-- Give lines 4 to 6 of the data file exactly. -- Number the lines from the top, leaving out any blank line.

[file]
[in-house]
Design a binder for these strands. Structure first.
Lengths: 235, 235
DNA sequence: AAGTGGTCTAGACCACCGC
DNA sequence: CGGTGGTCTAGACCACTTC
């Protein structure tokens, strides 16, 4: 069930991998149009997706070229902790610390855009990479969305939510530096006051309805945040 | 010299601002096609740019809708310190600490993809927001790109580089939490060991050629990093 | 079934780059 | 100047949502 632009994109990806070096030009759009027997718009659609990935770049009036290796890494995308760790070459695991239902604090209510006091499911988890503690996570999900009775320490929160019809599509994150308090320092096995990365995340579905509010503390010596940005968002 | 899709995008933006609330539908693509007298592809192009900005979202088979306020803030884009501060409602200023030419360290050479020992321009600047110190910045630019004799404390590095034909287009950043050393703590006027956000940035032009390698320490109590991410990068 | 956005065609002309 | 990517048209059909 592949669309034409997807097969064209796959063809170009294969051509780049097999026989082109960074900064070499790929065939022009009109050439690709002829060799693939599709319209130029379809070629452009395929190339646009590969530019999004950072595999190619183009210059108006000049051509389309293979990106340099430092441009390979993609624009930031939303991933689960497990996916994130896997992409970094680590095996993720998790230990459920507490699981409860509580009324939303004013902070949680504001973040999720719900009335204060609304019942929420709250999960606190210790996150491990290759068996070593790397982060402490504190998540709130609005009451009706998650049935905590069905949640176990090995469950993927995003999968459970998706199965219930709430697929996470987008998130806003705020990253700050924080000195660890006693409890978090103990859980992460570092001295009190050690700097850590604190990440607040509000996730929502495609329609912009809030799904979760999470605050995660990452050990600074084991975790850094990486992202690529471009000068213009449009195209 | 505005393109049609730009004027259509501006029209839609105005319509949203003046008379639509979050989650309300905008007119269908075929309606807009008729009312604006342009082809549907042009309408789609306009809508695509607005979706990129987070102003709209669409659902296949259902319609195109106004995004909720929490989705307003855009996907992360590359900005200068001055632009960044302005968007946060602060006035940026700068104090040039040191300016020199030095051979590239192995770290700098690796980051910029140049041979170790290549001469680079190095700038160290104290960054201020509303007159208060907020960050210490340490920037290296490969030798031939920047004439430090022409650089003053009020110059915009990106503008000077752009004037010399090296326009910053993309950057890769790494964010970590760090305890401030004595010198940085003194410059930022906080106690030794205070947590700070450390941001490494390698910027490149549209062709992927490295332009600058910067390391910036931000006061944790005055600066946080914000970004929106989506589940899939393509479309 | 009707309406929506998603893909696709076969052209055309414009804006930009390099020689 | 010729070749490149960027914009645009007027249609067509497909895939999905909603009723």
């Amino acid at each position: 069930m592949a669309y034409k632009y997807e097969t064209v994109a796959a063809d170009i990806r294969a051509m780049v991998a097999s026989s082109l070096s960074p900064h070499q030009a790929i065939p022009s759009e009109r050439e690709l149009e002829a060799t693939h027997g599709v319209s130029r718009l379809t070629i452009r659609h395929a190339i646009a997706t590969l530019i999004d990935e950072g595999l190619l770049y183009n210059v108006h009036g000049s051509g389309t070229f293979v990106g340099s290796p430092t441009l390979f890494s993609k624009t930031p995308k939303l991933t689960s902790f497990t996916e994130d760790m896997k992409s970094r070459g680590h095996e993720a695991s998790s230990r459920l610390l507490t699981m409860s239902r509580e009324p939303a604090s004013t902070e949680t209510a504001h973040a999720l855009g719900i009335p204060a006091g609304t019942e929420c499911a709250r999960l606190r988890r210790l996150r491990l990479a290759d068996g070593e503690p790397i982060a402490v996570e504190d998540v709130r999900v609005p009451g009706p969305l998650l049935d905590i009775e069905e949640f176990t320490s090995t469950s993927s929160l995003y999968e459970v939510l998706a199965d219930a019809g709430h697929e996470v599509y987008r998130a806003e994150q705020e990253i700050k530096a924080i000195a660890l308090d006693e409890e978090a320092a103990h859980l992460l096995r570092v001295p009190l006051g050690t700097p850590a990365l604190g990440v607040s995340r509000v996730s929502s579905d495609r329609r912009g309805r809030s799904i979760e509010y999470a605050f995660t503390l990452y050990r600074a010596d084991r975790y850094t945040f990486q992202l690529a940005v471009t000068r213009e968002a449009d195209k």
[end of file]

DNA sequence: AAGTGGTCTAGACCACCGC
DNA sequence: CGGTGGTCTAGACCACTTC
């Protein structure tokens, strides 16, 4: 069930991998149009997706070229902790610390855009990479969305939510530096006051309805945040 | 010299601002096609740019809708310190600490993809927001790109580089939490060991050629990093 | 079934780059 | 100047949502 632009994109990806070096030009759009027997718009659609990935770049009036290796890494995308760790070459695991239902604090209510006091499911988890503690996570999900009775320490929160019809599509994150308090320092096995990365995340579905509010503390010596940005968002 | 899709995008933006609330539908693509007298592809192009900005979202088979306020803030884009501060409602200023030419360290050479020992321009600047110190910045630019004799404390590095034909287009950043050393703590006027956000940035032009390698320490109590991410990068 | 956005065609002309 | 990517048209059909 592949669309034409997807097969064209796959063809170009294969051509780049097999026989082109960074900064070499790929065939022009009109050439690709002829060799693939599709319209130029379809070629452009395929190339646009590969530019999004950072595999190619183009210059108006000049051509389309293979990106340099430092441009390979993609624009930031939303991933689960497990996916994130896997992409970094680590095996993720998790230990459920507490699981409860509580009324939303004013902070949680504001973040999720719900009335204060609304019942929420709250999960606190210790996150491990290759068996070593790397982060402490504190998540709130609005009451009706998650049935905590069905949640176990090995469950993927995003999968459970998706199965219930709430697929996470987008998130806003705020990253700050924080000195660890006693409890978090103990859980992460570092001295009190050690700097850590604190990440607040509000996730929502495609329609912009809030799904979760999470605050995660990452050990600074084991975790850094990486992202690529471009000068213009449009195209 | 505005393109049609730009004027259509501006029209839609105005319509949203003046008379639509979050989650309300905008007119269908075929309606807009008729009312604006342009082809549907042009309408789609306009809508695509607005979706990129987070102003709209669409659902296949259902319609195109106004995004909720929490989705307003855009996907992360590359900005200068001055632009960044302005968007946060602060006035940026700068104090040039040191300016020199030095051979590239192995770290700098690796980051910029140049041979170790290549001469680079190095700038160290104290960054201020509303007159208060907020960050210490340490920037290296490969030798031939920047004439430090022409650089003053009020110059915009990106503008000077752009004037010399090296326009910053993309950057890769790494964010970590760090305890401030004595010198940085003194410059930022906080106690030794205070947590700070450390941001490494390698910027490149549209062709992927490295332009600058910067390391910036931000006061944790005055600066946080914000970004929106989506589940899939393509479309 | 009707309406929506998603893909696709076969052209055309414009804006930009390099020689 | 010729070749490149960027914009645009007027249609067509497909895939999905909603009723």